China Huabiao award for film









The Chinese equivalent of an Oscar is — yes, you’ve guessed it – a huabiao. Created originally in 1957, the award ceremony is held in Beijing and has ten versions for various Chinese film categories.

At the Huabiao Awards








The final stop for the huabiao in its 4000 year evolution from wooden milestone through several thousand years in imperial splendour can only be this rendition of Tian’anmen complete with a pair of huabiao in LEGO! While it is an impressive model, one cannot help being slightly miffed at the degree of detail Lego devote to its product range in China than it does in the West!

Tian'anmen in Lego with huabiao

Returning to our pair of Chinese Export Silver columns. We can only wonder why they were made. They carry no inscription, so it is doubtful they were made as a trophy piece. They are not particular faithful to their Tian’anmen cousins, so it is doubtful they might be presentation souvenirs. About the only thing we can know is that they are fairly unique, they are of superb quality and they are culturally faithful in detailing to a traditional huabiao. One could theorise that given the hou dragons are removable, perhaps they might have been originally planned to have detachable alternative bobèche sconces so they could be used as candlesticks. The columns stand at 29.5cm, so the height would be right. The columns also weigh a combined 839gm, so they are heavy enough to be used as candlesticks even though they have no additional loading – the amount of silver in the bases gives the weight, the columns themselves are hollow although made of heavy gauge silver.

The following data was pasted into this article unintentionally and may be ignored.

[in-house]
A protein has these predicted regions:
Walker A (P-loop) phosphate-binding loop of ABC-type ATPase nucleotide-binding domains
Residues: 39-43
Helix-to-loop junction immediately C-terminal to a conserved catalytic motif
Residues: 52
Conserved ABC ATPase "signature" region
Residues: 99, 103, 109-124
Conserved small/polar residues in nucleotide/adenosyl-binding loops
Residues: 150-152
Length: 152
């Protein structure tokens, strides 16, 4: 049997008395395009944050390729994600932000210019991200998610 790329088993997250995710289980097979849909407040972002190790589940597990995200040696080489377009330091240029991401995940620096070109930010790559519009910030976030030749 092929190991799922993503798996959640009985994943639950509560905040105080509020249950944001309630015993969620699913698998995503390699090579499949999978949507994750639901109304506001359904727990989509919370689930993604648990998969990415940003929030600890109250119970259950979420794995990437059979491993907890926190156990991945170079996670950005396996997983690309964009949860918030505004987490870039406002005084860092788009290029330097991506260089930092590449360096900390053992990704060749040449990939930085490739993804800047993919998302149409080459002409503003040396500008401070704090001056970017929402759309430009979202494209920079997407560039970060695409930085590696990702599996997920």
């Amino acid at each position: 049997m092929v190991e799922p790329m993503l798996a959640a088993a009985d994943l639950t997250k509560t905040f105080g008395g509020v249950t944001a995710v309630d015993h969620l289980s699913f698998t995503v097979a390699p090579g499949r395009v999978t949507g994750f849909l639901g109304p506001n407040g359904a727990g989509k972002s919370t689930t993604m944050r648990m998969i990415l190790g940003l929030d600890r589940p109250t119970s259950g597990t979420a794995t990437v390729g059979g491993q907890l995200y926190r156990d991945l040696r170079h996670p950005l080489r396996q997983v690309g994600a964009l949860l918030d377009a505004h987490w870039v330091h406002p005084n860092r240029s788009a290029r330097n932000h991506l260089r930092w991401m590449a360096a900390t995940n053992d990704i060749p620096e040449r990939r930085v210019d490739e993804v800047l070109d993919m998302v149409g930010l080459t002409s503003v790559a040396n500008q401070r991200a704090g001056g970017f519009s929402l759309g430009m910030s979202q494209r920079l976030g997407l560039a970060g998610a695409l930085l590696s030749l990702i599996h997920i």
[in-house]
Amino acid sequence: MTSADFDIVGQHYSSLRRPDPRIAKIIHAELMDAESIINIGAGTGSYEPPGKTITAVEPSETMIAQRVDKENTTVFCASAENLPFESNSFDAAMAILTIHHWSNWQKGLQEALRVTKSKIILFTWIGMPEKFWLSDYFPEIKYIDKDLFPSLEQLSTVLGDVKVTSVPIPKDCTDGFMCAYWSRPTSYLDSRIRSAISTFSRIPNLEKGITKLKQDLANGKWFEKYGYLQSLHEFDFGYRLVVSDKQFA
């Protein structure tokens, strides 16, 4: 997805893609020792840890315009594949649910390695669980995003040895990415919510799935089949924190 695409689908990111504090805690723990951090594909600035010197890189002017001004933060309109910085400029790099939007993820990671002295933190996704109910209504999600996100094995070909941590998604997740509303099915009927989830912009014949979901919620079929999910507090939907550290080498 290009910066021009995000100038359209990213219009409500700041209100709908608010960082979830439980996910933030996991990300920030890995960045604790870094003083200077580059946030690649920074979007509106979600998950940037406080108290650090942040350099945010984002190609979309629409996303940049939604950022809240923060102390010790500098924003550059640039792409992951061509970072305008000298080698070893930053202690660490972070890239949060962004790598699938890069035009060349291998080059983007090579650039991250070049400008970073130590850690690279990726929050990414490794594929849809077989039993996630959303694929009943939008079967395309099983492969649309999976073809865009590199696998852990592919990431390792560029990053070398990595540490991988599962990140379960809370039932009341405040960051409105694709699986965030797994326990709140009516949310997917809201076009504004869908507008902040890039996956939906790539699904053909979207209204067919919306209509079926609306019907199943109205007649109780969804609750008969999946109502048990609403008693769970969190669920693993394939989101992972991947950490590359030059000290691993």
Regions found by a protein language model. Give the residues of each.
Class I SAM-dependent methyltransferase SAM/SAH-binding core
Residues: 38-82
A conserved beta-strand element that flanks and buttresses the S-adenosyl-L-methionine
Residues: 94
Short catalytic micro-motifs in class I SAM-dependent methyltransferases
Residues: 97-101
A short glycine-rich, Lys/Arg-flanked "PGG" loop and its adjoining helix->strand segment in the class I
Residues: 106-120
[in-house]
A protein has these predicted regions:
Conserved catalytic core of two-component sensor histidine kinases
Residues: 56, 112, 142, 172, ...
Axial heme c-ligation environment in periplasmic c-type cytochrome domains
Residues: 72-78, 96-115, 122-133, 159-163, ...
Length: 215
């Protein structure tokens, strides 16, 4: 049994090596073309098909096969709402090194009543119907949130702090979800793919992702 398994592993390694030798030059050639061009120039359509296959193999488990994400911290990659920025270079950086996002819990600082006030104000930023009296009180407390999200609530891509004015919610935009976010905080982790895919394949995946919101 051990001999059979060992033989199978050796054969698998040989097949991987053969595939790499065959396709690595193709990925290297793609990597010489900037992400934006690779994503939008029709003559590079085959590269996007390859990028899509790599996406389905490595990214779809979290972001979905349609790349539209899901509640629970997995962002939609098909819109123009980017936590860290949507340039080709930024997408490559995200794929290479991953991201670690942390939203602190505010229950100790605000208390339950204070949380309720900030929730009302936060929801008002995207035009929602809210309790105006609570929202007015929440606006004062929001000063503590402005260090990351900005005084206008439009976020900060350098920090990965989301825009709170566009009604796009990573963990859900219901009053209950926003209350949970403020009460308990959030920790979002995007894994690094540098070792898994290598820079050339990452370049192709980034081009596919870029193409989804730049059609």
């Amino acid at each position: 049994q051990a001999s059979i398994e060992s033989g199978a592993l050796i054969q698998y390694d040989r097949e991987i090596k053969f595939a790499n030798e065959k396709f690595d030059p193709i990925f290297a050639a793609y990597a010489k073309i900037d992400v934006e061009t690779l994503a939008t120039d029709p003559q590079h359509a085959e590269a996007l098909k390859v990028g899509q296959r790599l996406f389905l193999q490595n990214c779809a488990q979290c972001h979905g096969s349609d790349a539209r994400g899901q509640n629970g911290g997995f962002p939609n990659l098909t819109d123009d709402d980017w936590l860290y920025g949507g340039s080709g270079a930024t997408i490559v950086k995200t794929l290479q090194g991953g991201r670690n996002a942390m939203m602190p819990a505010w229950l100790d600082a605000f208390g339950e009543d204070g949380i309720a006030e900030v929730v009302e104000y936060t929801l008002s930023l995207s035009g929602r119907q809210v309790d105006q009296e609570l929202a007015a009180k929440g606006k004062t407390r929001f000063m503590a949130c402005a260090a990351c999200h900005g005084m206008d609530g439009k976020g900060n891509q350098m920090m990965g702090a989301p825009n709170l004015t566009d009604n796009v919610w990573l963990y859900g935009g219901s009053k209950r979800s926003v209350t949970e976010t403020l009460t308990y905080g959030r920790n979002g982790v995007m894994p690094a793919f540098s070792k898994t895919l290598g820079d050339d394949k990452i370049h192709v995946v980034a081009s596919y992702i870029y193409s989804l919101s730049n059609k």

The columns are being offered as a single lot pair in a Fine Silver & Objects of Vertu Sale on Wednesday 12th February 2014 at Dreweatts, Donnington Priory, UK . During the past year, I have been keenly aware of a noticeable rise in the amount of important items of Chinese Export Silver coming to auction as well as a marked increase of interest in the lots as well as eventual hammer value. This is a highly significant lot and a rare pair of Chinese Export Silver objects that are richly endowed with Chinese decorative imagery.

I leave you with this nostalgic view of Tian’anmen taken in 1901 in its natural state, unadorned in bright red we are familiar with today and the landscaping in front before it was became a concrete square. The huabiao stood the test of time and stand today in exactly the spot where they were first erected.

Tian'anmen 1901

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Adrien von Ferscht’s website is the largest online information resource for Chinese Export Silver: www.chinese-export-silver.com

Adrien von Ferscht is the only academic carrying out in-depth research into Chinese Export Silver in the context of The China Trade and the 1200 year history of Chinese silver making. He is an Honorary Research Fellow at University of Glasgow’s Scottish Centre for China Research http://universityofglasgow.academia.edu/AdrienvonFerscht

He is “Expert for Chinese Export Silver” for Auctionata for this unique silver category and he is a Worthologist at WorthPoint.

His new 250-page 3rd Edition “Collectors’ Guide to Chinese Export Silver 1785-1940” is the largest information reference resource for this unique silver category is available at: http://chinese-export-silver.com/catalogue-of-makers-marks/

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Thanks: Danny Cheng, for his translation skills. David Rees at Dreweatts

Acknowledgments: Dreweatts, UK; United States Library of Congress; Ministry of Culture of the People’s Republic of China; Lego China; Peking University